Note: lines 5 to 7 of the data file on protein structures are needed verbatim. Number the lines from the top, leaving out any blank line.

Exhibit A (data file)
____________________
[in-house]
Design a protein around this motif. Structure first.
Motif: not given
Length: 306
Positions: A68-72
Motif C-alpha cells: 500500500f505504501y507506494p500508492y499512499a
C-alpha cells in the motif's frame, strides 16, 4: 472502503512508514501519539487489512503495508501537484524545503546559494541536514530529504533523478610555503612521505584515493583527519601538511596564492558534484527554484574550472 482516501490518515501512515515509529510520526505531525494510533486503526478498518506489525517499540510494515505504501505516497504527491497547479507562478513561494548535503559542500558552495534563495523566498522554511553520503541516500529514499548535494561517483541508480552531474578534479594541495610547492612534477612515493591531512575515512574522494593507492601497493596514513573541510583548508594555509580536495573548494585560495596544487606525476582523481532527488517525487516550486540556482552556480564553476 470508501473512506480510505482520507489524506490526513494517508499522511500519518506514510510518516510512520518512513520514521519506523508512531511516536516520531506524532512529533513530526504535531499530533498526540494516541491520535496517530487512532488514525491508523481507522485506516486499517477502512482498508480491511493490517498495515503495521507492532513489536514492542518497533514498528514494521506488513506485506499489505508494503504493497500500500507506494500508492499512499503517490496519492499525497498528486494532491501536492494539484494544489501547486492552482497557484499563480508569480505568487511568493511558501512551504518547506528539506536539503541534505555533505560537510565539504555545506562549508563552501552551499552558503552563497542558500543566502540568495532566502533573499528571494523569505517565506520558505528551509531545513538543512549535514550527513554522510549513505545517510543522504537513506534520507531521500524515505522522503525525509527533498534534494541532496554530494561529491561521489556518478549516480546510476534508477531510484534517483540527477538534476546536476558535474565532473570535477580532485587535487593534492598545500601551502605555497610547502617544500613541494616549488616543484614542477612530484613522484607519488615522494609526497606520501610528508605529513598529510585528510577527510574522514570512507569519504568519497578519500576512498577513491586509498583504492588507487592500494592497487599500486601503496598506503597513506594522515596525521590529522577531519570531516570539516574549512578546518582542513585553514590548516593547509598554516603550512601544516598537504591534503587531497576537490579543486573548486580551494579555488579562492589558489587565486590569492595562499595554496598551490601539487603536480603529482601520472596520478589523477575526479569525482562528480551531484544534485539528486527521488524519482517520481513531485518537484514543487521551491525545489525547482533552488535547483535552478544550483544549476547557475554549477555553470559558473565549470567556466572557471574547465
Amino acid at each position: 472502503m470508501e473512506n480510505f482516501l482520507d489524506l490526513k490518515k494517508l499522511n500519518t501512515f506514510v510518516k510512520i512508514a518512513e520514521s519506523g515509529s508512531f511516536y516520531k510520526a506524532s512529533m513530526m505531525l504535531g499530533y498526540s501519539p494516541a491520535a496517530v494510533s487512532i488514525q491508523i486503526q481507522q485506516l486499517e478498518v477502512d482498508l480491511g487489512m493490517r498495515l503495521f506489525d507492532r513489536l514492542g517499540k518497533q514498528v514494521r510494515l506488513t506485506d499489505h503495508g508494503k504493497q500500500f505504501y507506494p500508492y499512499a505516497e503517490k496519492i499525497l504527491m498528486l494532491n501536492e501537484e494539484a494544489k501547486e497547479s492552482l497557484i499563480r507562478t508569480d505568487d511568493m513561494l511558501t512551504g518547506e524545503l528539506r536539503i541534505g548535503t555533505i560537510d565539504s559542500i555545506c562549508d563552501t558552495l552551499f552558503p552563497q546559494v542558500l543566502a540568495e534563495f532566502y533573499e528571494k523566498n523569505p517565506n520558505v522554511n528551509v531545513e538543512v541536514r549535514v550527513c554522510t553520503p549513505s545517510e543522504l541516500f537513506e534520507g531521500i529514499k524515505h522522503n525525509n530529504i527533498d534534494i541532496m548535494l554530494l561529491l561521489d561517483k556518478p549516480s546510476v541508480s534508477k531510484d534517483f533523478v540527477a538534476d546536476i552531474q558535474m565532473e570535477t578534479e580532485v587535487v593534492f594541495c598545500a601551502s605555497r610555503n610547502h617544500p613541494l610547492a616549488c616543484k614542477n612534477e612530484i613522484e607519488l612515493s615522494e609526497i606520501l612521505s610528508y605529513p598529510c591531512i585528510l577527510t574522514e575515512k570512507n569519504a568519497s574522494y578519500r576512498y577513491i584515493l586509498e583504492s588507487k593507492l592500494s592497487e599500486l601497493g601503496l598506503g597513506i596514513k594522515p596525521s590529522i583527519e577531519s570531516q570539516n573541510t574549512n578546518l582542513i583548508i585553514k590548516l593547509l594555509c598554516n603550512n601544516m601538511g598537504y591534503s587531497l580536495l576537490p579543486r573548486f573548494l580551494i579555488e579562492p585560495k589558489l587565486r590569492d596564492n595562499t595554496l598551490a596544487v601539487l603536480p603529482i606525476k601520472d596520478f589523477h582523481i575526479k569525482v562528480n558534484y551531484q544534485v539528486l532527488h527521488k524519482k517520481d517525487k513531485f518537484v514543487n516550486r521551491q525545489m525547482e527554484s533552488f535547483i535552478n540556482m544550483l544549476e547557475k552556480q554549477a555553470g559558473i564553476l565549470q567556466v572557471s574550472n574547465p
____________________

Positions: A68-72
Motif C-alpha cells: 500500500f505504501y507506494p500508492y499512499a
C-alpha cells in the motif's frame, strides 16, 4: 472502503512508514501519539487489512503495508501537484524545503546559494541536514530529504533523478610555503612521505584515493583527519601538511596564492558534484527554484574550472 482516501490518515501512515515509529510520526505531525494510533486503526478498518506489525517499540510494515505504501505516497504527491497547479507562478513561494548535503559542500558552495534563495523566498522554511553520503541516500529514499548535494561517483541508480552531474578534479594541495610547492612534477612515493591531512575515512574522494593507492601497493596514513573541510583548508594555509580536495573548494585560495596544487606525476582523481532527488517525487516550486540556482552556480564553476 470508501473512506480510505482520507489524506490526513494517508499522511500519518506514510510518516510512520518512513520514521519506523508512531511516536516520531506524532512529533513530526504535531499530533498526540494516541491520535496517530487512532488514525491508523481507522485506516486499517477502512482498508480491511493490517498495515503495521507492532513489536514492542518497533514498528514494521506488513506485506499489505508494503504493497500500500507506494500508492499512499503517490496519492499525497498528486494532491501536492494539484494544489501547486492552482497557484499563480508569480505568487511568493511558501512551504518547506528539506536539503541534505555533505560537510565539504555545506562549508563552501552551499552558503552563497542558500543566502540568495532566502533573499528571494523569505517565506520558505528551509531545513538543512549535514550527513554522510549513505545517510543522504537513506534520507531521500524515505522522503525525509527533498534534494541532496554530494561529491561521489556518478549516480546510476534508477531510484534517483540527477538534476546536476558535474565532473570535477580532485587535487593534492598545500601551502605555497610547502617544500613541494616549488616543484614542477612530484613522484607519488615522494609526497606520501610528508605529513598529510585528510577527510574522514570512507569519504568519497578519500576512498577513491586509498583504492588507487592500494592497487599500486601503496598506503597513506594522515596525521590529522577531519570531516570539516574549512578546518582542513585553514590548516593547509598554516603550512601544516598537504591534503587531497576537490579543486573548486580551494579555488579562492589558489587565486590569492595562499595554496598551490601539487603536480603529482601520472596520478589523477575526479569525482562528480551531484544534485539528486527521488524519482517520481513531485518537484514543487521551491525545489525547482533552488535547483535552478544550483544549476547557475554549477555553470559558473565549470567556466572557471574547465